UVI stonewalling release of dorm records
Published: October 9, 2013
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ST. THOMAS - Officials at the University of the Virgin Islands are refusing to release information pertaining to the construction of the $10 million West Residence Hall after students complained about multiple deficiencies and problems with the building's security.
University of the Virgin Islands President David Hall said in an email that The Daily News' request Oct. 3 for all construction documents and change orders for the dorm be turned over by Tuesday was unreasonable.
"We will inform the Daily News of our response to this request once I have had an opportunity to discuss this request with legal counsel," Hall said. "The date indicated in your letter is not a reasonable time to address this request."
The issues reported in mid-September by students who live in the dorm included: no air conditioning in parts of the dorm, dysfunctional door locks, the presence of mold and mildew and fire alarms triggering randomly and frequently.
At least one suite, which housed four students, had to be evacuated because of water damage and that a mold assessment was being conducted, UVI spokeswoman Nanyamka Farrelly said Sept. 18.
Neither Hall nor Farrelly would comment last week about the status of the mold assessment study or any ongoing repairs at the dormitory. Other UVI personnel contacted by The Daily News declined to comment and said they had been instructed to refer all inquiries to Farrelly.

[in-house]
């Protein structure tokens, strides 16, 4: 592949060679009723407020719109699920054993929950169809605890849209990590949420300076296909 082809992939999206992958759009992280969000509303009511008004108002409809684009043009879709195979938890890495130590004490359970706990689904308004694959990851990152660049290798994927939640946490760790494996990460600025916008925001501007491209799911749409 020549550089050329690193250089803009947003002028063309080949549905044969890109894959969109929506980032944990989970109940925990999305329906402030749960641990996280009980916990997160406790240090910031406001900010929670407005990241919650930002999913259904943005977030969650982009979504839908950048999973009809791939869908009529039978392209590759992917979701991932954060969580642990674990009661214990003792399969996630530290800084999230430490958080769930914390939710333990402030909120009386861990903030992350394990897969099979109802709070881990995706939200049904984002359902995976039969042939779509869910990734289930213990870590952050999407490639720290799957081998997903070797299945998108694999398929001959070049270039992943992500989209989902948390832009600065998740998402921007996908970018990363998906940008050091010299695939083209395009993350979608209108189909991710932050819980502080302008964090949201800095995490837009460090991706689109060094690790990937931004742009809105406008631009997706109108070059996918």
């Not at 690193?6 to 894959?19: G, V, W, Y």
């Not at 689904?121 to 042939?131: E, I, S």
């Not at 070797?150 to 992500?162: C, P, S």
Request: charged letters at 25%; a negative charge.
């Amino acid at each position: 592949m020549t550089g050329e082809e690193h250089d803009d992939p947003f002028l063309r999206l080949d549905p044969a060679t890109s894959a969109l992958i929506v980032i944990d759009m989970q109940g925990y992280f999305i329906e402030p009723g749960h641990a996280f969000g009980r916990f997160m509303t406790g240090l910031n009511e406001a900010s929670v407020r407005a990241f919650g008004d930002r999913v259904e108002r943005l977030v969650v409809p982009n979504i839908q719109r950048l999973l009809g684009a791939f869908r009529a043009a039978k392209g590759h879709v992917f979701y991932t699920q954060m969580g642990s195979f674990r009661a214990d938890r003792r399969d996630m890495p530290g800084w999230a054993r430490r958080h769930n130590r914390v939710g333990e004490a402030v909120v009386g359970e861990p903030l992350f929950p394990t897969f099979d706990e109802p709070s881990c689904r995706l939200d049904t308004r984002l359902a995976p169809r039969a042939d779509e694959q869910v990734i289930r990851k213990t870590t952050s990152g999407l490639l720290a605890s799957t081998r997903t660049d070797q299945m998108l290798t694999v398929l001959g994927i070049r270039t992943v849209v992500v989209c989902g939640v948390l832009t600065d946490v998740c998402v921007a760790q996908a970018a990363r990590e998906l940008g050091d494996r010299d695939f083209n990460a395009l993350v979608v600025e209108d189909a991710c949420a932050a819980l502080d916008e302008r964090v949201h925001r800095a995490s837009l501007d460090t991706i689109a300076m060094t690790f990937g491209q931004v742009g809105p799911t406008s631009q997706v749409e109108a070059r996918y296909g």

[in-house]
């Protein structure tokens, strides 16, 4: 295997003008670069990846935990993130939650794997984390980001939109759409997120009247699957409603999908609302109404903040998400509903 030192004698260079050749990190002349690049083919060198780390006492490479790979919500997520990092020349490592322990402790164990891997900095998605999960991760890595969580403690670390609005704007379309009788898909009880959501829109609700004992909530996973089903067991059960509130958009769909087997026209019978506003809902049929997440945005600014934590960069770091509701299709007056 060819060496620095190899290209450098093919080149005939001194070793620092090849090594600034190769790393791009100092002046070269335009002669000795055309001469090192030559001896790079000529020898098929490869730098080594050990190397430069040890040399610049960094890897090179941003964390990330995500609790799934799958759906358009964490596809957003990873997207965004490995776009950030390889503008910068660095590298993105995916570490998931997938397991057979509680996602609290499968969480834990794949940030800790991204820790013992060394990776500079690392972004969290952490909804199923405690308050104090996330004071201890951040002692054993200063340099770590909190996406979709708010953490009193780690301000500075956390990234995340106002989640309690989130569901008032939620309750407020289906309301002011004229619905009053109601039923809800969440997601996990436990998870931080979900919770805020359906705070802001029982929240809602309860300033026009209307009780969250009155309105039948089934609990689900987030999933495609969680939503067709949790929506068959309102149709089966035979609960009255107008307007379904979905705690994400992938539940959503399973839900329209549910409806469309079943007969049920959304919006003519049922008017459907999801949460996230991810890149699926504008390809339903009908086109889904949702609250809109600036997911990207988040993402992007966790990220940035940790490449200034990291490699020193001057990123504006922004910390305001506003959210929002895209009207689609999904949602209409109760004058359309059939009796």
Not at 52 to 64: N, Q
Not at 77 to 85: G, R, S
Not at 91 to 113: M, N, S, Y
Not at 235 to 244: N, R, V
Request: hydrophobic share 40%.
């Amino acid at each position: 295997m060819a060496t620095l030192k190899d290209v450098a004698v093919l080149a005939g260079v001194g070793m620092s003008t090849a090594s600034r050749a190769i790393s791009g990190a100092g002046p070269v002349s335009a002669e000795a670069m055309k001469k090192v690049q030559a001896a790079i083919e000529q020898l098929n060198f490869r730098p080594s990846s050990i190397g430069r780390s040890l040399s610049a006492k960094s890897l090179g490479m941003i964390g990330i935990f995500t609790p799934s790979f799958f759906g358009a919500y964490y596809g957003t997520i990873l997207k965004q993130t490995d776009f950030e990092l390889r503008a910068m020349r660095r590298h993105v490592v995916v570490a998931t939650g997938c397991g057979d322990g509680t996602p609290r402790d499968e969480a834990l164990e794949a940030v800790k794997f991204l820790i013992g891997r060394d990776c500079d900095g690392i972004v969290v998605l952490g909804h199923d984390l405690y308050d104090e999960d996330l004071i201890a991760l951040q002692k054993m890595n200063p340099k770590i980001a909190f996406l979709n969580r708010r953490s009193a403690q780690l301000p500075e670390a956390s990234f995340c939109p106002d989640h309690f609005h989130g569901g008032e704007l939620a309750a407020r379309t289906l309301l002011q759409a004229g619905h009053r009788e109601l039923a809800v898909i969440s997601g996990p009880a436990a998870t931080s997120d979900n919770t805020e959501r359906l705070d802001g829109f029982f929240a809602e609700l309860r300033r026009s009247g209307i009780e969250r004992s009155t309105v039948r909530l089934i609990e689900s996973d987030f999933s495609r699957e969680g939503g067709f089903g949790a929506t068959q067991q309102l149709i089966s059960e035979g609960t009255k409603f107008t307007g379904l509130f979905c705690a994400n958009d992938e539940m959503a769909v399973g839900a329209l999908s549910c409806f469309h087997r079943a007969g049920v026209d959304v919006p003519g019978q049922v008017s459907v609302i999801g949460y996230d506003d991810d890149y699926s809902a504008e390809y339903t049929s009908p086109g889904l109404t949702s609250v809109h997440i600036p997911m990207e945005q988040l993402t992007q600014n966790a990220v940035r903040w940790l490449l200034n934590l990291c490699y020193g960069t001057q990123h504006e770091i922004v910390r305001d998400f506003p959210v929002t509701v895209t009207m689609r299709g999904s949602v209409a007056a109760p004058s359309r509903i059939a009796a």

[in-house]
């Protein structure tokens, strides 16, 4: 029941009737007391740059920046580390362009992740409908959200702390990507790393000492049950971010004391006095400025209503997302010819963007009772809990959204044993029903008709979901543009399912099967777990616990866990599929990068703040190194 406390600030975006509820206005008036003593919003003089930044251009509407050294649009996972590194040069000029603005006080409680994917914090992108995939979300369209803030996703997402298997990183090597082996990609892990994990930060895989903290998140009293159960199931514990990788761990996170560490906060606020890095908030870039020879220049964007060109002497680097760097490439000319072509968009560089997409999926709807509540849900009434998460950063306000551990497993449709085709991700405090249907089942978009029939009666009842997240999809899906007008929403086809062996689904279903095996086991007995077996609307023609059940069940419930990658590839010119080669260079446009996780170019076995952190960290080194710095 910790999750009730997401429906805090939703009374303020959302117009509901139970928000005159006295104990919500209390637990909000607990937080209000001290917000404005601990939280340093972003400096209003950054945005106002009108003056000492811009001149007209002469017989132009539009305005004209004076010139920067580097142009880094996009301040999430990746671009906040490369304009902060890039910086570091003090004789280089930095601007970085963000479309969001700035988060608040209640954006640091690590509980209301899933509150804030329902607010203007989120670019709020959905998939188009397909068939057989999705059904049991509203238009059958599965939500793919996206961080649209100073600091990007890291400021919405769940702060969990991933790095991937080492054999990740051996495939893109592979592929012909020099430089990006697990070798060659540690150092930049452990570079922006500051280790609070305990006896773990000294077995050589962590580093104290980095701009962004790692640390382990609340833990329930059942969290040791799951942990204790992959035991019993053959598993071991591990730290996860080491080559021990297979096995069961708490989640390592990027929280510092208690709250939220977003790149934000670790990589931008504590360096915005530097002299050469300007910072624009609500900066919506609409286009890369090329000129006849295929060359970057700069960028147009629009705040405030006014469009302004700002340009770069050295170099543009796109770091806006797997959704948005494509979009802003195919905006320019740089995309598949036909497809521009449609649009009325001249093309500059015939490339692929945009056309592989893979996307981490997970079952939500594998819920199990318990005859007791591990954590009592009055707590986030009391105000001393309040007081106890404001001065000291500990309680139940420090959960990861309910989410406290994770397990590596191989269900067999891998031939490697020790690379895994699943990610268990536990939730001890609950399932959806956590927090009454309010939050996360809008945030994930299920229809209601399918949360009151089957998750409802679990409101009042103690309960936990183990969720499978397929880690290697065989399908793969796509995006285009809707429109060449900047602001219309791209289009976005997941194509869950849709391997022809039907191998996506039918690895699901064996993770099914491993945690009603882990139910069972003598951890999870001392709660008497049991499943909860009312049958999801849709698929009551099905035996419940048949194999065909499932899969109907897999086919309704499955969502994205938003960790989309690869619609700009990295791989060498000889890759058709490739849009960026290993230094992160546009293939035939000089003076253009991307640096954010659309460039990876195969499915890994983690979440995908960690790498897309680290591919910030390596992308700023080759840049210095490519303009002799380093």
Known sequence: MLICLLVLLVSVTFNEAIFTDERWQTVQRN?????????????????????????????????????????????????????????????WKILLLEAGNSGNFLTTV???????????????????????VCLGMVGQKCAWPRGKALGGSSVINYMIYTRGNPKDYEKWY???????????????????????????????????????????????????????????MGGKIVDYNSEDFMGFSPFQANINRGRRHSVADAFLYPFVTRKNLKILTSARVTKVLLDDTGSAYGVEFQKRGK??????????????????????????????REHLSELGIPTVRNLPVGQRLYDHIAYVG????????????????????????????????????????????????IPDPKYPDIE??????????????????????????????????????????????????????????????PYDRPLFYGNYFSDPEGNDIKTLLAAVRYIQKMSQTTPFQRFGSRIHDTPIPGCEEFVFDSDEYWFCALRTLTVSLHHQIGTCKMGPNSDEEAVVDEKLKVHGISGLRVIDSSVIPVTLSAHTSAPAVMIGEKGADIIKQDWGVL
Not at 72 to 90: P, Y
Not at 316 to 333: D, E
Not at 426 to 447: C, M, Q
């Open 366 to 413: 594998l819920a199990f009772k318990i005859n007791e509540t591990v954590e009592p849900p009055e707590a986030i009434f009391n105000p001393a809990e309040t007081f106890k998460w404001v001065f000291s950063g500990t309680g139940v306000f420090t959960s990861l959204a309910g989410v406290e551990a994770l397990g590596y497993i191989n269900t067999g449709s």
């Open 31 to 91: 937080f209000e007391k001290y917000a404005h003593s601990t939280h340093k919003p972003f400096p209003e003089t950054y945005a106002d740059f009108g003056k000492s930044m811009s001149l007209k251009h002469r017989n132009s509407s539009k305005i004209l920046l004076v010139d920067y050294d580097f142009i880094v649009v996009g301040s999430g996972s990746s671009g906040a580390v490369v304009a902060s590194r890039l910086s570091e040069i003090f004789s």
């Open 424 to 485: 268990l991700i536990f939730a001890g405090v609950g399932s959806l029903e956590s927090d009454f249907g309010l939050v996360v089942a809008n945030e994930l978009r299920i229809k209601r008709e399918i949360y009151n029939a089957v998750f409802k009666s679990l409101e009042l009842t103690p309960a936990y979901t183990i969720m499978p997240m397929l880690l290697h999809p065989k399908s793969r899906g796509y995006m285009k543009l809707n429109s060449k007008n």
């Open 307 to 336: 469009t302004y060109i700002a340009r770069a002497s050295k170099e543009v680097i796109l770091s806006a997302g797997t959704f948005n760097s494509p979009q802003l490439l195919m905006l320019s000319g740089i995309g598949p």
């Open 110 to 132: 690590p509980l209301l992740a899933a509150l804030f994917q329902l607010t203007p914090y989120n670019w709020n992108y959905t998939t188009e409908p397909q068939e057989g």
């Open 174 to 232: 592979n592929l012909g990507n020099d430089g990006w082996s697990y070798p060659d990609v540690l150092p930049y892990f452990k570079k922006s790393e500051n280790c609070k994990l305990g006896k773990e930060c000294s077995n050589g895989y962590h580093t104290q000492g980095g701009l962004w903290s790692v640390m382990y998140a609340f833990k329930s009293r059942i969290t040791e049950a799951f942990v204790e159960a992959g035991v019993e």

Hall issued a "written message from the President" Sept. 25 saying that reports about the dorm were "sensational" and "inaccurate" while at the same time contradicting Farrelly's initial denial of the hospitalization of a reportedly asthmatic student who lived in the water-damaged suite that a student said may have mold or mildew issues.
According to Matthew Eastman, a resident of the evacuated suite - Room 150 - the bathroom ceiling had become so mushy and bowed from a leak that it had to be removed by a maintenance crew who responded a couple of weeks after his suite mates had reported the issue. When it was removed, Eastman said, he could see that the "ceiling is just all black mold."
Eastman also said one of his suite mates had been hospitalized because of an asthma attack triggered after he had moved in but before the maintenance crew removed the ceiling.
Farrelly denied that the issues are building-wide and characterized the West Hall dorm as having "water damage to just one suite" and said that students had not reported any other issues. One air-conditioning unit was also down, she later said.
Farrelly said the university had hired a licensed contractor to perform an assessment, which would include investigating the extent of any mold colonization.
Hall has also said that the university is working toward correcting the dorm's problems, but neither he nor Farrelly have spoken about specific improvements the administration has undertaken, any results of a mold investigation or any plan for reimbursing students who may have been affected.
The one-year old dorm is the newest dorm on the St. Thomas campus, and UVI charges its residents higher rates for additional amenities, such as air conditioning.
- Contact Amanda Norris at 714-9104 or email firstname.lastname@example.org.